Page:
Pros and Cons of Unsecured Business Loans
In some cases, businesses will use collateral to secure a loan. This collateral is tied to the loan, so if the business defaults on this secured loan, it must hand over the collateral. However, unsecured loans are also an option, and aren’t tied to any collateral.
In this post, we’ll explain the pros and cons of unsecured business loans, so that you can determine if it’s the right product for you!
Pros of Unsecured Business Loans
Shorter Application Process
The business loan application process can be intensive. Lenders want to ensure that they’re lending to businesses that can make their payments. As such, they thoroughly vet every application. This is true for both secured and unsecured business loans.
When collateral is being offered, however, the lender must examine the collateral closely to determine its value. This can become time-consuming. With an unsecured business loan, the lender doesn’t have to evaluate collateral, and can instead focus on other factors, such as the business’s credit history.
This streamlined application process often results in funds being distributed faster. Many businesses seeking financing need financing sooner rather than later, so unsecured business loans are often a better option.
Collateral Isn’t a Requirement
Many businesses lack collateral. A startup, for example, may not have any valuable assets to offer lenders as collateral. This would make the startup ineligible for most secured business financing.
However, with unsecured business loans, collateral is isn’t a requirement. Instead, other considerations, such as business plans and market opportunities, are reviewed when qualifying a business. In many cases, startups and businesses lacking collateral can still meet the eligibility requirements for an unsecured business loan. Due to this, you should pursue unsecured options first if you fall into either category.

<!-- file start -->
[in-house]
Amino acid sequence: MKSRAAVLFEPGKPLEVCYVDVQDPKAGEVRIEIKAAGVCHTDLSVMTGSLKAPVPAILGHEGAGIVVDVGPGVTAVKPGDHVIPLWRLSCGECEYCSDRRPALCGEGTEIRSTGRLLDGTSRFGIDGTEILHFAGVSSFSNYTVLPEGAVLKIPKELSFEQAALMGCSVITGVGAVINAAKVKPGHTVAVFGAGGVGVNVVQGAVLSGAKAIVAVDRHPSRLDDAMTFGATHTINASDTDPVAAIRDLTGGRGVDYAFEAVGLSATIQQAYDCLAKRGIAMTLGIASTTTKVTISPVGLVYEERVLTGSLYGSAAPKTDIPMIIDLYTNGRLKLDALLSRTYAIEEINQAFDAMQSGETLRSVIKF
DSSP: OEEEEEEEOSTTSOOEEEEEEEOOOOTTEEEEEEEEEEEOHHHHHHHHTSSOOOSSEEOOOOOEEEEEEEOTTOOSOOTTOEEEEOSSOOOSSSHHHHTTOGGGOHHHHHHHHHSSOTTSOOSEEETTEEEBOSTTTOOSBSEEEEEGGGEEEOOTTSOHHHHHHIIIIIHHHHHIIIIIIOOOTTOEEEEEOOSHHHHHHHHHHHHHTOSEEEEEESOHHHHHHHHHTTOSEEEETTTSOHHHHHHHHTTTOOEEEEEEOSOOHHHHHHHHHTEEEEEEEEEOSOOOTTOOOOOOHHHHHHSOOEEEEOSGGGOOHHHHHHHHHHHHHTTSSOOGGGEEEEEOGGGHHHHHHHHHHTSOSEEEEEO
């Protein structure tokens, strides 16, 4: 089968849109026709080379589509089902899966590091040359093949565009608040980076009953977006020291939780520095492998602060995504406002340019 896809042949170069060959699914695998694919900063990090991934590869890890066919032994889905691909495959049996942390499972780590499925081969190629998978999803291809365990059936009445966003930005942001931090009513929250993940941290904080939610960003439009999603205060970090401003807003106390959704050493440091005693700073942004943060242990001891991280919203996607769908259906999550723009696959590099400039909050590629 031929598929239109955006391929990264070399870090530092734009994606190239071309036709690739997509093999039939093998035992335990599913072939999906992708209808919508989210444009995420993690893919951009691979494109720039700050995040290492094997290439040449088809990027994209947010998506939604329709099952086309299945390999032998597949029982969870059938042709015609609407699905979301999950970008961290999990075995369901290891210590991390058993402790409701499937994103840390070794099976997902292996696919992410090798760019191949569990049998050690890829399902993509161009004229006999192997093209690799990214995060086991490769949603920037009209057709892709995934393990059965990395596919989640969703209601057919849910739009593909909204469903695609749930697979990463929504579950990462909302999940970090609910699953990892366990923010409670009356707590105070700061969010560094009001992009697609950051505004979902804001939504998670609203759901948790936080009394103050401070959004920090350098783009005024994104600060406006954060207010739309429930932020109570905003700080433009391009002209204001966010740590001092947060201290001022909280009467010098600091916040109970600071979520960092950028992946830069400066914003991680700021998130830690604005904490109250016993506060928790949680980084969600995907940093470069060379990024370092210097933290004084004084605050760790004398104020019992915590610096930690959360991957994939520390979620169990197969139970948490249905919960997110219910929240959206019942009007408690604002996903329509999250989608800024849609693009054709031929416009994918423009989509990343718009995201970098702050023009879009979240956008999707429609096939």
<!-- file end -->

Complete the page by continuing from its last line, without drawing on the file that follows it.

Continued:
Property Won’t Be Risked
A secured business loan is protected with specific assets. For example, you might take out a mortgage on an office that is secured by the property itself. If you default, the lender would be able to take control of the property since it was submitted as collateral.
With an unsecured business loan, the lender would have to go to court to secure an order to seize any property. In some cases, a lender may be authorized to seize property to recoup loss on a loan. However, if the business were to file for bankruptcy, courts may discharge the unsecured loan.
On the other hand, secured loans are rarely discharged through bankruptcy or any other means. The collateral tied to the loan is usually awarded to the lender.
Cons of an Unsecured Business Loan
Higher Risks for Lenders Produces Higher Interest Rates
Unsecured business loans are riskier for lenders. With a secured business loan, the lender has a clear path to recouping losses if your business fails to repay them. The lender can simply seize the collateral. With an unsecured business loan, there is no collateral. As a result, lenders will typically charge a higher interest rate on unsecured loans.
They Are Harder to Qualify For
Without collateral, lenders often look much more closely at business credit scores, financial statements, business plans, and other aspects of the application. The lender’s goal is simple: minimize risk. Due to this, a business with a low credit score will struggle to qualify for an unsecured business loan.
Lending Amounts Are Often Smaller
Because of the increased risk, lenders are often less willing to approve large amounts of money, so many unsecured loans come in small amounts. These loans can be a great resource if you need a small cash injection, but you won’t be able to make major investments.
Conclusion: Find the Loan Right for Your Situation
Any business interested in additional financing first needs to examine its current situation. In many cases, an unsecured business loan will make the most sense, because of the streamlined approval process and lower risks. However, in some cases, a secured business loan will better serve the needs of the business. Consider your business’s needs, and make your decision based on this!
Editorial Note: Any opinions, analyses, reviews or recommendations expressed in this article are those of the author's alone, and have not been reviewed, approved, or otherwise endorsed by any of these entities.